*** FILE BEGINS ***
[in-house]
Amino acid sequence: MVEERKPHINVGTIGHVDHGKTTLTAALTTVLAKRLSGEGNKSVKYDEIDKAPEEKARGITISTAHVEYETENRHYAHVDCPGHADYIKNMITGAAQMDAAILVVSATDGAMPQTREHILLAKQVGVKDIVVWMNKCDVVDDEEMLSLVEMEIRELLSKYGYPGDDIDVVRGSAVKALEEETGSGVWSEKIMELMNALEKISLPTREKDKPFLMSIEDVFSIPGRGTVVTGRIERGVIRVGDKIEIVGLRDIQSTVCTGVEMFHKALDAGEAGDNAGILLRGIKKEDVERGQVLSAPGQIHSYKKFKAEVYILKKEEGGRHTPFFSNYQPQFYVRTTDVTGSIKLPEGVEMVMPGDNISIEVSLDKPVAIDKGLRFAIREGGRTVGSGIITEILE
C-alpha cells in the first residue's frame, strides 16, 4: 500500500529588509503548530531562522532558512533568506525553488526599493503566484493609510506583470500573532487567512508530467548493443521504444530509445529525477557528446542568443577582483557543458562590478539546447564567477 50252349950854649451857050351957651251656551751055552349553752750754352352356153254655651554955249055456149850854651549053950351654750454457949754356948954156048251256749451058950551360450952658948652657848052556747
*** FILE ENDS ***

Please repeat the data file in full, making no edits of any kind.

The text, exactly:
[in-house]
Amino acid sequence: MVEERKPHINVGTIGHVDHGKTTLTAALTTVLAKRLSGEGNKSVKYDEIDKAPEEKARGITISTAHVEYETENRHYAHVDCPGHADYIKNMITGAAQMDAAILVVSATDGAMPQTREHILLAKQVGVKDIVVWMNKCDVVDDEEMLSLVEMEIRELLSKYGYPGDDIDVVRGSAVKALEEETGSGVWSEKIMELMNALEKISLPTREKDKPFLMSIEDVFSIPGRGTVVTGRIERGVIRVGDKIEIVGLRDIQSTVCTGVEMFHKALDAGEAGDNAGILLRGIKKEDVERGQVLSAPGQIHSYKKFKAEVYILKKEEGGRHTPFFSNYQPQFYVRTTDVTGSIKLPEGVEMVMPGDNISIEVSLDKPVAIDKGLRFAIREGGRTVGSGIITEILE
C-alpha cells in the first residue's frame, strides 16, 4: 500500500529588509503548530531562522532558512533568506525553488526599493503566484493609510506583470500573532487567512508530467548493443521504444530509445529525477557528446542568443577582483557543458562590478539546447564567477 50252349950854649451857050351957651251656551751055552349553752750754352352356153254655651554955249055456149850854651549053950351654750454457949754356948954156048251256749451058950551360450952658948652657848052556747